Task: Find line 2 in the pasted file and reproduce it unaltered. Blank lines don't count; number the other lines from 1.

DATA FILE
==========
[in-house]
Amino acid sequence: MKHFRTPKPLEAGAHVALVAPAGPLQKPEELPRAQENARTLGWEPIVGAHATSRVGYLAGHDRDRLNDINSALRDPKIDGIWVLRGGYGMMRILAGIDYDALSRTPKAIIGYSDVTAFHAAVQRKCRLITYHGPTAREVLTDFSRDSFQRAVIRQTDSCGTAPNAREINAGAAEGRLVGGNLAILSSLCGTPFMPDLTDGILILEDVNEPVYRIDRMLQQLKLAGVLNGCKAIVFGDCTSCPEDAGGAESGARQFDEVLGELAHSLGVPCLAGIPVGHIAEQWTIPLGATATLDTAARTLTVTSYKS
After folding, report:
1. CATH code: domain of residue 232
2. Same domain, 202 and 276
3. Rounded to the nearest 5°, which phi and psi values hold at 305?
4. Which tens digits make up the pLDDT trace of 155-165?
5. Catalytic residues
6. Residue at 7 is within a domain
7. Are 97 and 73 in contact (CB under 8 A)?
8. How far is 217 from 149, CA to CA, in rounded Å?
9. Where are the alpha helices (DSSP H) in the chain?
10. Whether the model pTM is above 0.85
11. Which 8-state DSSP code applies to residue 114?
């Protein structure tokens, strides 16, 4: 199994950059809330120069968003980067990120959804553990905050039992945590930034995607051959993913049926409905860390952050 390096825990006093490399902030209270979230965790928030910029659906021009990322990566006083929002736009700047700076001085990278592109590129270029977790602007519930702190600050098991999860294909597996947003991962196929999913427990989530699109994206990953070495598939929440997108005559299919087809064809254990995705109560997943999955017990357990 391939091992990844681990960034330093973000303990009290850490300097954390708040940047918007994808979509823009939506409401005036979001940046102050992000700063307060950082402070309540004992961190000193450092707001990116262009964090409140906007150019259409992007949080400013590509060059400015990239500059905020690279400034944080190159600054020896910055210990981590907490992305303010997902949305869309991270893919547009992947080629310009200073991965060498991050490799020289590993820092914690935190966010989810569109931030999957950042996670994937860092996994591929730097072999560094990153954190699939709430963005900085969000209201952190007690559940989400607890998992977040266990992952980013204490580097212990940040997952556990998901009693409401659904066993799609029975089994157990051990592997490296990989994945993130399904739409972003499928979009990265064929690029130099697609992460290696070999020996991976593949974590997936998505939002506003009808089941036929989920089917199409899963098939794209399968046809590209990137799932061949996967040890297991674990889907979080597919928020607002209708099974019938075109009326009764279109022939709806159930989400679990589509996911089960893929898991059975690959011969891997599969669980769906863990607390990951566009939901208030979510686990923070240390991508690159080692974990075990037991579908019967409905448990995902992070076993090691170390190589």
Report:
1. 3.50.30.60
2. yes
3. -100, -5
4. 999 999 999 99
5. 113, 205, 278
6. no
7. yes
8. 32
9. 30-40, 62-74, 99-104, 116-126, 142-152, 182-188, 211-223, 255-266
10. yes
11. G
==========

Amino acid sequence: MKHFRTPKPLEAGAHVALVAPAGPLQKPEELPRAQENARTLGWEPIVGAHATSRVGYLAGHDRDRLNDINSALRDPKIDGIWVLRGGYGMMRILAGIDYDALSRTPKAIIGYSDVTAFHAAVQRKCRLITYHGPTAREVLTDFSRDSFQRAVIRQTDSCGTAPNAREINAGAAEGRLVGGNLAILSSLCGTPFMPDLTDGILILEDVNEPVYRIDRMLQQLKLAGVLNGCKAIVFGDCTSCPEDAGGAESGARQFDEVLGELAHSLGVPCLAGIPVGHIAEQWTIPLGATATLDTAARTLTVTSYKS